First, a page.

We invented paper folders because we had limited space in the physical world to organize ourselves. We needed a way to group and sort our letters, documents and papers. If we had stacked up our files anywhere on the floor, we would have run out of room and never found anything we needed. Folders in drawers helped us store and find important information.
Then we invented computers.
When computers were new, the visual concept of a folder helped us connect an intangible new world to our physical one. In reality, computers were not limited by physical space. They didn't need a filing system to find what we needed. The metaphor of the folder just helped us make sense of this new digital world.
Today, computers are no longer new to us. We are just as invested in our digital world as we are in our physical world. In fact, the new generation may not even know what a paper folder is – the same way many don't know what a floppy disc icon represents today. And in a way, you don't even need to know that something like "saving" exists if things are automatically saved, or the concept of saving doesn't even exist anymore.
So why do we still use folders on our computers?
We don't need folders to understand our computers anymore. And our computers certainly don't need folders to find what we need.
But we continue to follow this system because that's the way it's been for years. The metaphor we once used to make sense of things is now an artifact we accept because it's always been there. It's a primitive and self-imposed limitation we never stopped to question.
But let's continue using the metaphor, for a moment:
Imagine just one big folder, with everything inside, that you can command at your will.
“Hey folder, show me shoes.” And shoes appear.
“Now show me only blue shoes.” Ok, here are only blue shoes.
Seems simple enough, right?
You already think this way when you make a Google search.
If you want to see cars, you're not going to a folder called Cars in Google and searching for a website inside it. You're simply typing the word “car,” and Google shows you every car that's ever been catalogued on earth – including a few specific cars it thinks you might like. It's just one huge database with everything dumped inside, surfacing what you need on command.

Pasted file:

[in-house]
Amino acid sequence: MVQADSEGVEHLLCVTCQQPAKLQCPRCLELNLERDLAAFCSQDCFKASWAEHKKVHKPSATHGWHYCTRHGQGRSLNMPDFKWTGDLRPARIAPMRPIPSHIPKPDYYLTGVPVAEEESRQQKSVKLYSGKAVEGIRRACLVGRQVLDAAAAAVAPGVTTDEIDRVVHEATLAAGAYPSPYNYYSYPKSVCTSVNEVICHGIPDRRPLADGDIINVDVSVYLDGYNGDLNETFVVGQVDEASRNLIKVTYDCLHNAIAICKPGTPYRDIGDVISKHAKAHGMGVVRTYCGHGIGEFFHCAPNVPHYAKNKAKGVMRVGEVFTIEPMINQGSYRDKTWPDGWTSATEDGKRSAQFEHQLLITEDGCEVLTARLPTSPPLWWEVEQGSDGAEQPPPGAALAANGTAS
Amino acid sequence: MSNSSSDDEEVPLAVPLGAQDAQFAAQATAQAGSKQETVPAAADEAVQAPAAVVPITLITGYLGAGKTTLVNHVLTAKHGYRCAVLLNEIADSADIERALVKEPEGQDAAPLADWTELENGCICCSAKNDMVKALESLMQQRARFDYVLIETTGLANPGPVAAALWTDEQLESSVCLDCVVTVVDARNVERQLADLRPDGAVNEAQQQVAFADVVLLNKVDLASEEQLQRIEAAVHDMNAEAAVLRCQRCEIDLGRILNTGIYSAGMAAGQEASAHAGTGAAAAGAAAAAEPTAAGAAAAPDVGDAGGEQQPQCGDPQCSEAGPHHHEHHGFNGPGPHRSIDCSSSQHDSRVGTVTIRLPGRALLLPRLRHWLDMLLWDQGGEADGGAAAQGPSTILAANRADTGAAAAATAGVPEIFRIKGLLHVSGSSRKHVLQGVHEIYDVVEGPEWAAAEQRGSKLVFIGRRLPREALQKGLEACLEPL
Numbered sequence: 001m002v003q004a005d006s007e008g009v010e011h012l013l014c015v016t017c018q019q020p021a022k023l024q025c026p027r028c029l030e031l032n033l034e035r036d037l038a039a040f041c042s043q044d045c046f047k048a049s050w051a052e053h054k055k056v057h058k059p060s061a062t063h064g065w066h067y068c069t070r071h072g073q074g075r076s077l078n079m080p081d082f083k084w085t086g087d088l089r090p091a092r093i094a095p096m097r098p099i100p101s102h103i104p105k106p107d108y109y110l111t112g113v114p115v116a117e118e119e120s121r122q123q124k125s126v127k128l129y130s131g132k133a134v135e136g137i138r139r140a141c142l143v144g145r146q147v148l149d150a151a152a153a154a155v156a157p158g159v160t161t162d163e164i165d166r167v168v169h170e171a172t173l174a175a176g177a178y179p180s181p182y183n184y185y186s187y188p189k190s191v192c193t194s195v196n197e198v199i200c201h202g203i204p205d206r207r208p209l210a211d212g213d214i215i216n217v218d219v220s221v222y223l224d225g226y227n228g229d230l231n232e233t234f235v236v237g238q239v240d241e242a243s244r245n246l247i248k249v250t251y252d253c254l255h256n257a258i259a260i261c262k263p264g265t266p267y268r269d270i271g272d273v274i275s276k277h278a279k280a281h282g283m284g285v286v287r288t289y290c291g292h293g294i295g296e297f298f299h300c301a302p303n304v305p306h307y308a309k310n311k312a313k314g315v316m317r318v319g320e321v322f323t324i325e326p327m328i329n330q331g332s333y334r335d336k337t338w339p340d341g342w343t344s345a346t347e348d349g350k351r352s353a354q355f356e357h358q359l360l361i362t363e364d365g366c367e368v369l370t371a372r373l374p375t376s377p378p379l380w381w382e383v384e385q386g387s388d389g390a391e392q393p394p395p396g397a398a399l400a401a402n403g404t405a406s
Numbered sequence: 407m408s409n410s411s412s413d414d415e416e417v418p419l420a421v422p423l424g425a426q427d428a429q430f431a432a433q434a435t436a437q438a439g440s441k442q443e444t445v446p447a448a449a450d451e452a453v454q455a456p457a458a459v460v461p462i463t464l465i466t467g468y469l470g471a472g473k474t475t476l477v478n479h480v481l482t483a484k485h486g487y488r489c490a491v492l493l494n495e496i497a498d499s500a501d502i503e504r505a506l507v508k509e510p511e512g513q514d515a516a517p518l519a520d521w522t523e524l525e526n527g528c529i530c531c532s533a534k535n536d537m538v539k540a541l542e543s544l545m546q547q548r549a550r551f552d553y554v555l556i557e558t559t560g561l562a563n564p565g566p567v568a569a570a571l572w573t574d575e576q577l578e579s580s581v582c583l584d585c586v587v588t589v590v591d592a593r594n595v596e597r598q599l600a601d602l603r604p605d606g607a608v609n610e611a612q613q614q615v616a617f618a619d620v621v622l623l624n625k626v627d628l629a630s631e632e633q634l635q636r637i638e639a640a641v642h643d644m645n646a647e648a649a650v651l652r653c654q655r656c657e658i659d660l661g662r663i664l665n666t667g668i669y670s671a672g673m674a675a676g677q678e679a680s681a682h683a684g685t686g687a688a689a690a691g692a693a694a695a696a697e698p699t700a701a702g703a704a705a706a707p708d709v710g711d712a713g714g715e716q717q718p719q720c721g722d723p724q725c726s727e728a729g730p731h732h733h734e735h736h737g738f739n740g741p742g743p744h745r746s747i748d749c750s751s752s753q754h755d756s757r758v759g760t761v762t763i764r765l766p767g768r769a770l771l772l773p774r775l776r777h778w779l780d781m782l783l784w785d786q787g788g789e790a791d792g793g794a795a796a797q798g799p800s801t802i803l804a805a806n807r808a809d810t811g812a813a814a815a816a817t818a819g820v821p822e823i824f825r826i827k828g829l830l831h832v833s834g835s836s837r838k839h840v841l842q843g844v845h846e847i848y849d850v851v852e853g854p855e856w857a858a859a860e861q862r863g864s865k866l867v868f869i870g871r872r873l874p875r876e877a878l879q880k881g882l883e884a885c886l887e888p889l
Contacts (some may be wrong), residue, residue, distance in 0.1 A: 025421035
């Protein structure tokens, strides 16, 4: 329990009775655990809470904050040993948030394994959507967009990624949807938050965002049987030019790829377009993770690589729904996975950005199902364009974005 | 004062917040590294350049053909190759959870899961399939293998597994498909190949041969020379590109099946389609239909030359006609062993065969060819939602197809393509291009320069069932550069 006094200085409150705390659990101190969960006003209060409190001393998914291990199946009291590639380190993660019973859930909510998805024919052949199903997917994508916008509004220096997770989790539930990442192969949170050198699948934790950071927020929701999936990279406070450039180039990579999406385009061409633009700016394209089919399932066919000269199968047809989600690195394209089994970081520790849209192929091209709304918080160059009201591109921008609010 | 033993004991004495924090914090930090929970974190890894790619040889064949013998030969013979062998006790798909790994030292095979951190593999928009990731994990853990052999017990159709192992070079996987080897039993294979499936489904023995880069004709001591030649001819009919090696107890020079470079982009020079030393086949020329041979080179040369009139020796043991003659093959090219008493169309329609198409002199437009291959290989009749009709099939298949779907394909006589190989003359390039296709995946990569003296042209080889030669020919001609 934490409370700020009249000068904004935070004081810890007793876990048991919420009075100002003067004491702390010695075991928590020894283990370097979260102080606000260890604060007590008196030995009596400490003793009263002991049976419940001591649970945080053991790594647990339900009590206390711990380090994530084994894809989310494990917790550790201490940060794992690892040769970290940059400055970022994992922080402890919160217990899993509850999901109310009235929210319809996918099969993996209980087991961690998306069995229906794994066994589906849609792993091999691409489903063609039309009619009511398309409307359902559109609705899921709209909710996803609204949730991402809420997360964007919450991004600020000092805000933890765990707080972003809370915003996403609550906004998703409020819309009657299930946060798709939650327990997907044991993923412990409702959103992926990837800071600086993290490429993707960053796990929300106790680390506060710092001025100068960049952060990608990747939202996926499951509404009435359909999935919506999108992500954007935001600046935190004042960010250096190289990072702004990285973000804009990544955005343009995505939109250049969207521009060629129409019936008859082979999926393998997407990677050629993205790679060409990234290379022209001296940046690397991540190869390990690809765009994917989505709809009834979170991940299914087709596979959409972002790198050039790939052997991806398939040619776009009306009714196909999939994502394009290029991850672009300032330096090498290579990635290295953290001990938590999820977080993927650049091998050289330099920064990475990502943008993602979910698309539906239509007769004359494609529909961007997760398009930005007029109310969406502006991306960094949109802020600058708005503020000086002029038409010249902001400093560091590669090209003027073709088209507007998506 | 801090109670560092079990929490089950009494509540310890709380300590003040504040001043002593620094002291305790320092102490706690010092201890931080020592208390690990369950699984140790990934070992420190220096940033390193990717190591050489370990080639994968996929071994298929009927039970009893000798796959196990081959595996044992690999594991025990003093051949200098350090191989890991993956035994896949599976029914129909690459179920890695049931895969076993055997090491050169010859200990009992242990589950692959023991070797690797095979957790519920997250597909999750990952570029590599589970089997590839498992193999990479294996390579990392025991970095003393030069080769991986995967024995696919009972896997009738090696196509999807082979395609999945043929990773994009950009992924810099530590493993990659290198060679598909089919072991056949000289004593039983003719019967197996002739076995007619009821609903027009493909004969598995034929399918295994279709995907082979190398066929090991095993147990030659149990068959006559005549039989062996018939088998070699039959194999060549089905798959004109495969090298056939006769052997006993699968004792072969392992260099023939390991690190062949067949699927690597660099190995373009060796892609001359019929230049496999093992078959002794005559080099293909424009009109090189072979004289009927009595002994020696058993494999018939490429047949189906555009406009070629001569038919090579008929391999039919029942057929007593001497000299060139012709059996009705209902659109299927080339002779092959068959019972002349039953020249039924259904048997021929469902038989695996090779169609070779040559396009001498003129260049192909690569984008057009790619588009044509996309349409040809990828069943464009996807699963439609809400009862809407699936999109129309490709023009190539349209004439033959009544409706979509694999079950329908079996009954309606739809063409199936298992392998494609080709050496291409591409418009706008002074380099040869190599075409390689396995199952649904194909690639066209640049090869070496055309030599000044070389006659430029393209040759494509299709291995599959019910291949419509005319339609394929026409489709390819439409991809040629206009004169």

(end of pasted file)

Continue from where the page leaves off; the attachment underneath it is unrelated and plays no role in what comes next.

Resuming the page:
Imagine your own personal Google – a database of everything you love.
This is the purpose of mymind. A personal search engine for everything you care about, enhanced with artificial intelligence.
Search “sweaters” and you'll see only the sweaters that fit your style, because you saved them there over time.
Search “sweaters,” press enter and add “brown,” and you'll see only brown sweaters you love.
Search images from last month, then narrow that down to only images with wooden interiors. Or flowers. Or landscapes.
See what you're doing?
You're organizing without folders. You do it as you go along. You're finding exactly what you need, with no filing system or categories. You're filtering, but without the toggles, layers, tags and complicated UI. You're curating, without manually organizing boards and groups. You're making mood boards on the fly.
Even better, it's more current and refined than anything you would organize manually – and more personalized than anything Google could show you.
"When you're not upholding the illusion of productivity, you can actually be productive."
Folders and drawers forced us to think in categories. To “save” something, we first had to think about which drawer or folder it belonged in. But our digital world is more fast-paced and flexible than ever. The way we consume and save information has become faster, more chaotic and more transient. Not everything fits into just one folder or drawer. Some things are more fluid. Sometimes there is no right folder for it, sometimes there are multiple correct folders, and sometimes you don't need one at all. Self-imposed organization, just for the sake of it, limits our ability to stay in the flow.
The folder is dead.
How we work and think digitally is already changing. We are slowly realizing how outdated our old systems are, and how much time they waste. Technology has made organizing, filtering, tagging, grouping and categorizing obsolete. We cling to these old methods out of comfort and familiarity. They create a sense of productivity when all we're really doing is moving data around to no end.
Of course I still believe folders make sense in some scenarios, perhaps when there is a shared structure for multiple collaborators, but even there I could think of many alternatives today that would work better with more potential than the traditional folder.
What could you spend that time and energy on instead?
mymind is for those who no longer want to work for their tools. They know stopping to think about where to put something, or where to find it, wastes precious time they could use elsewhere. They would rather create, explore, think, write, read, dance and move forward.
When you're not upholding the illusion of productivity, you can actually be productive.
What will you do with your new freedom and peace of mind?